Process measures look at what was done to care for the patient. These measures will look at how many visits patients have and the number of tests ordered for patients. Process measures include utilization data (how many times or how much the patients use the plan?s services) and encounter data (how much service is provided to each individual member of the plan).

As an example, suppose you had diabetes. It is very important for people with diabetes to see their health care providers regularly and to have their kidneys, feet, and eyes examined each year. The health care provider should show them how to check their skin for problems. The performance measures for Plan A show that people with diabetes only see their doctors and have their eyes and kidneys tested once every two years. Patients in Plan B see their doctors and get these tests each year, and the health care providers are expected to show patients how to care for themselves at home. Which plan is going to give you better care for your diabetes?

 

What are ?outcome measures?? 
Outcome measures look at the results of the plan?s health care services. Do the patients? lives get better? How often do people have to go back into the hospital for the same problem? Are people with chronic illnesses able to live independently or are they most often in an
institution?

Outcomes measures look at whether the health care improves a person?s life. For people with chronic illnesses, good outcome measures mean having a satisfactory or good quality of life.

How do performance measures work together? 
Let?s take the problem of childhood asthma. Asthma can be a difficult illness for children, and if it is not properly treated, can even lead to a child?s death. We can take the three different kinds of performance measures to figure out how well a health plan deals with childhood asthma.
Does the health plan have enough pediatricians? If a health plan does not have enough doctors who specialize in children?s health, then the plan does not have delivery system capacity.

How often do children with asthma see their doctors? If the children are not seeing their doctors regularly, then the plan may not be providing enough care to keep good track of the asthma. If the children are seeing their doctors too often, this would indicate that the health plan is not providing health education so that families can keep the asthma in control. Process measures that show too high or too low use of services could be problems. If you look at the standard of care for children with asthma, it will tell you how many visits to the doctor would be considered ?normal.? Of course, each person is different. But the health plan should compare well to the standard of care for asthma.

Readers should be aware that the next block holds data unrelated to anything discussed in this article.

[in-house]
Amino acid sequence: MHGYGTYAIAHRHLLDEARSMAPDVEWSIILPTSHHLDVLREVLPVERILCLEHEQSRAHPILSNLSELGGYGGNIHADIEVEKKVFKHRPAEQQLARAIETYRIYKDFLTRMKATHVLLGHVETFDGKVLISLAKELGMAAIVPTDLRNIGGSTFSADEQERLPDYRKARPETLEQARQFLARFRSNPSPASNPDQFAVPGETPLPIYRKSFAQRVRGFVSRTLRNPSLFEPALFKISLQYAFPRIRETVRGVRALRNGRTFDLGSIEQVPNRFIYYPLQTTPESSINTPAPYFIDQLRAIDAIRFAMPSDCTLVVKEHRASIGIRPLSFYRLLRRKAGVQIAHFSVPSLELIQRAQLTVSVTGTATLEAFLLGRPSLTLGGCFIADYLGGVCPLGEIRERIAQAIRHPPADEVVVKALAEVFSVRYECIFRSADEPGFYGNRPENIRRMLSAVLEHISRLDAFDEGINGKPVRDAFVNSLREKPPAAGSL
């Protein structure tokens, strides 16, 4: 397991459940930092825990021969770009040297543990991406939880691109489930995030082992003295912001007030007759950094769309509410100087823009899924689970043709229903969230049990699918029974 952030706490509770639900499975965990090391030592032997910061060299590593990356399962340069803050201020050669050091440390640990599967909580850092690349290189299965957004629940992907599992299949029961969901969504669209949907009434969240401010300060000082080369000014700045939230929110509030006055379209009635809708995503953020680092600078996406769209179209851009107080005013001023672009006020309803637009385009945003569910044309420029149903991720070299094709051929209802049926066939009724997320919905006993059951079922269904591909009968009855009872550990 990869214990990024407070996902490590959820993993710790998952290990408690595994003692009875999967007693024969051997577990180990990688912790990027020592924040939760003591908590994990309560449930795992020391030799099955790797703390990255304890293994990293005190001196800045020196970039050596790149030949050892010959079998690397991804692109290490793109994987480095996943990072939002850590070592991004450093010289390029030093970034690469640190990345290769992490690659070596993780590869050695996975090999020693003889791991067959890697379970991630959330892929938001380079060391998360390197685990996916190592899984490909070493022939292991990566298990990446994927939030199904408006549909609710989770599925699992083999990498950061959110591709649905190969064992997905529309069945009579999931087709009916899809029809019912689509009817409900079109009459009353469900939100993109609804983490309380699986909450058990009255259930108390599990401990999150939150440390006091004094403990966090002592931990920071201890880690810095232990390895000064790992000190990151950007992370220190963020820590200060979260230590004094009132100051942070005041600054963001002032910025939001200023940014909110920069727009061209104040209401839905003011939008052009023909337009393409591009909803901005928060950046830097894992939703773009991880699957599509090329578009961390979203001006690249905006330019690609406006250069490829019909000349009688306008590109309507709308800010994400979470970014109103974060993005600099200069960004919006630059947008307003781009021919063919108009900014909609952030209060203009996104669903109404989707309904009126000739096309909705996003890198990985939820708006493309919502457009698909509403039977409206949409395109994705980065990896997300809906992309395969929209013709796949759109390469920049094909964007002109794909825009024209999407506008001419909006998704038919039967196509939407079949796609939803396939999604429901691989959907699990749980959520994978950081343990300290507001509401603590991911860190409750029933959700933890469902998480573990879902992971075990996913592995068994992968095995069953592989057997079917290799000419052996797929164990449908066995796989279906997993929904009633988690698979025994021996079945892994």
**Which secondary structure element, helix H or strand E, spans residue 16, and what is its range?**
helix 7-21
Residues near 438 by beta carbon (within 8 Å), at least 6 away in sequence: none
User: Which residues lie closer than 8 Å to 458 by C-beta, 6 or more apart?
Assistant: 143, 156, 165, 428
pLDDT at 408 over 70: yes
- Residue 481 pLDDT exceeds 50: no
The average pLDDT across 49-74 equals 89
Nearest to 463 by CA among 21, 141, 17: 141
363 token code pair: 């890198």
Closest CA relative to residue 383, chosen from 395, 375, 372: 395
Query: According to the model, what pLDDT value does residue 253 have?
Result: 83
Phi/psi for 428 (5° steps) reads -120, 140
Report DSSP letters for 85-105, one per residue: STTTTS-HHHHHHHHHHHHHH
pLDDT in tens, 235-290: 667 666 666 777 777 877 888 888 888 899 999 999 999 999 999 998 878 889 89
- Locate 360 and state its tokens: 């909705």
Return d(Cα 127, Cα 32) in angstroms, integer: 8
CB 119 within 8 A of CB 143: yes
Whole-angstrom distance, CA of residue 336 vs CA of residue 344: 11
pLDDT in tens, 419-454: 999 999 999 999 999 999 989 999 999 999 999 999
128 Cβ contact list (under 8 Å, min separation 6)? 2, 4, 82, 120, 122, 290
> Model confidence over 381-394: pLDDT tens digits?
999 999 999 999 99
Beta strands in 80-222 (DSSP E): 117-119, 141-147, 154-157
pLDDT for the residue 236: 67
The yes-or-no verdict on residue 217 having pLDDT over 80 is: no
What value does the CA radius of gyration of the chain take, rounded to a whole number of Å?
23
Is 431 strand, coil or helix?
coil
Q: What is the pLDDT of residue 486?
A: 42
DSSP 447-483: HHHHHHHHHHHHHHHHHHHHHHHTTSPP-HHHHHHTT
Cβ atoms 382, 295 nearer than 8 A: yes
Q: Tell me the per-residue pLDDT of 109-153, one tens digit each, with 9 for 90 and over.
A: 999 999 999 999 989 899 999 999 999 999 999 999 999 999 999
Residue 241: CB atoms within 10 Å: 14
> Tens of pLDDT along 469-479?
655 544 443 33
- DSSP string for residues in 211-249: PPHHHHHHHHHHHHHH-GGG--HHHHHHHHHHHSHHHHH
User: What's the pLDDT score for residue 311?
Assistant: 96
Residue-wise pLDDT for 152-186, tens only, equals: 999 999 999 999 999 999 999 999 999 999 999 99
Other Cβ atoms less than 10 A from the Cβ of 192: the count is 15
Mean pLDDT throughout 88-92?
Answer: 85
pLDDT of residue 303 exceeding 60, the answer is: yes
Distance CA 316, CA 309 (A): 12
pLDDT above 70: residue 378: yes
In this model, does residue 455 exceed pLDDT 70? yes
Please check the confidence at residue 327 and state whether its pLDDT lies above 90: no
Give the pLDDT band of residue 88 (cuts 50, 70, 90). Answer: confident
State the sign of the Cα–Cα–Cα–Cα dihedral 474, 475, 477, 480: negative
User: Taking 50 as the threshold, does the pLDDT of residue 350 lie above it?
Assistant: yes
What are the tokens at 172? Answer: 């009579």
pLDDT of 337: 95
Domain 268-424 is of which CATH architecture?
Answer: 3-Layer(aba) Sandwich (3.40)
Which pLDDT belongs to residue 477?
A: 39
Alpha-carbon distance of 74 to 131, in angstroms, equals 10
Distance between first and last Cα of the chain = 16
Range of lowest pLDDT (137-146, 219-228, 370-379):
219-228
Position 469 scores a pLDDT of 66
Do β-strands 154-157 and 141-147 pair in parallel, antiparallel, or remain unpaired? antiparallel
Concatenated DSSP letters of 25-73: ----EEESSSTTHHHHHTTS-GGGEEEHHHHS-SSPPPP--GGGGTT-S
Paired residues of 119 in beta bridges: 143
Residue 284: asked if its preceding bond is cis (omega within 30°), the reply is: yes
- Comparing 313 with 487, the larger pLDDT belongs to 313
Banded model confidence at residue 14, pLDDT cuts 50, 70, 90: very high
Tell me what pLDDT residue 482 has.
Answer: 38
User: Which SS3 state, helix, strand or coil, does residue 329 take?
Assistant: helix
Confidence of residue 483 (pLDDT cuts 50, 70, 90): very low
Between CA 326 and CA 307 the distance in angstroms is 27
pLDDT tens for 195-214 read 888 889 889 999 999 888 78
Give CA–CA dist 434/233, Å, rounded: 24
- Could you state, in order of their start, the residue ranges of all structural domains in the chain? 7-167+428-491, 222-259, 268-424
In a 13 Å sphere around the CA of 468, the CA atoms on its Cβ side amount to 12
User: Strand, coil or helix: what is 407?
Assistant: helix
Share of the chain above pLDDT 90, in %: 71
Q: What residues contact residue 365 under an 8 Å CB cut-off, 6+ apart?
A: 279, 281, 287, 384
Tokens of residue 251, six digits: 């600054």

How well do the children with asthma live? If the children must constantly seek emergency care for their asthma, then the health plan would have poor outcome measures.
What are the problems with performance measures? 
There are several things that you will want to keep in mind when you are looking at performance measures.
Most process and outcome measures only look at what happens to patients who have been in the plan at least one year. People who leave the plan in less than a year do not get included. Also, people who are only enrolled for a short time, like many people
on Medicaid, are not included.
Because the information is so complicated, it sometimes takes two or three years to put the information together. Look at the year that the
information was collected. A plan can make big improvements or get a lot worse in two or three years time.
The information may not be complete. If a person receives health care outside of the plan, this health care will not be included in the plan?s measures. If someone needs to get care from a specialist that is not in the plan?s network, this care will not show up in the measures.

Performance measures may only be collected for certain areas of service. A health plan may concentrate on making those areas look good. If a health plan knows that someone is only going to measure how well it serves people with diabetes, then the plan may work harder with those patients with diabetes. Those performance measures will not tell you how well the plan serves people with heart problems or mental health needs.

Who puts the performance measures together?

There are a couple of organizations that put this information together.

As mentioned in Fact Sheet #1, NCQA uses HEDIS to measure performance. Many health plans, state agencies, and employer groups use HEDIS standards to compare health plans. The Child and Adolescent Health Measurement Initiative (CAHMI), originally developed at the Foundation for Accountability (FACCT), is a set of consumer-centered quality measurement tools. CAHMI is now a project at the Oregon Health & Science University. Some of the CAHMI measures are included in CAHPS surveys and HEDIS. Some health plans use the CAHMI measures to look at their own services. The Agency for Healthcare Research and Quality (AHRQ) also has developed the Consumer Assessment of Health Plans (CAHPS) survey. This survey is given to members of health plans to get their opinions about their health care providers and the care that they receive. Fact sheet #5 tells more about consumer surveys like CAHPS

Where can I get the results of these measures?

The HEDIS measures are put together in NCQA?s Quality Compass and the Health Plan Report Card. The Pacific Business Group on health uses HEDIS for its HealthScope. Some state health departments and Medicaid agencies use HEDIS measures and may have report cards using the measures. CMS requires HEDIS measures for all Medicare managed care health plans. See the end of this Fact Sheet to find out how you can get this information.

You can find links on this fact sheet and the other fact sheets in this series to many Web sites where you can see the results of these measures. State Web sites provide the information for free. Some other Web sites or companies may charge you for the results. You may also want to ask your health plan for the results of their performance measures.